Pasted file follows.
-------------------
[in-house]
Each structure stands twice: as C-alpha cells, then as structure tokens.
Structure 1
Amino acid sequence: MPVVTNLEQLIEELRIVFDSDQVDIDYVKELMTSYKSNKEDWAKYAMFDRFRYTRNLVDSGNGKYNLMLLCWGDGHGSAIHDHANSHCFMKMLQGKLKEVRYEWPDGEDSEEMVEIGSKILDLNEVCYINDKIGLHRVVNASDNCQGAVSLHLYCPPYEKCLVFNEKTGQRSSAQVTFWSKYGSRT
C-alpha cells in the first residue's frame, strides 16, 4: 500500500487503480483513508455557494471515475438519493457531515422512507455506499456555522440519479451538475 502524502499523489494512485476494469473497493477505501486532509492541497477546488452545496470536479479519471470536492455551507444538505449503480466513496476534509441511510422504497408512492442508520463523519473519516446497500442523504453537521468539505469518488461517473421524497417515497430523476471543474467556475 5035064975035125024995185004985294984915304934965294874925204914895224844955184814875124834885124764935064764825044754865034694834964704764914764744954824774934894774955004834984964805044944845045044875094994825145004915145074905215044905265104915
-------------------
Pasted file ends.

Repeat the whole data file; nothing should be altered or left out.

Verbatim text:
[in-house]
Each structure stands twice: as C-alpha cells, then as structure tokens.
Structure 1
Amino acid sequence: MPVVTNLEQLIEELRIVFDSDQVDIDYVKELMTSYKSNKEDWAKYAMFDRFRYTRNLVDSGNGKYNLMLLCWGDGHGSAIHDHANSHCFMKMLQGKLKEVRYEWPDGEDSEEMVEIGSKILDLNEVCYINDKIGLHRVVNASDNCQGAVSLHLYCPPYEKCLVFNEKTGQRSSAQVTFWSKYGSRT
C-alpha cells in the first residue's frame, strides 16, 4: 500500500487503480483513508455557494471515475438519493457531515422512507455506499456555522440519479451538475 502524502499523489494512485476494469473497493477505501486532509492541497477546488452545496470536479479519471470536492455551507444538505449503480466513496476534509441511510422504497408512492442508520463523519473519516446497500442523504453537521468539505469518488461517473421524497417515497430523476471543474467556475 5035064975035125024995185004985294984915304934965294874925204914895224844955184814875124834885124764935064764825044754865034694834964704764914764744954824774934894774955004834984964805044944845045044875094994825145004915145074905215044905265104915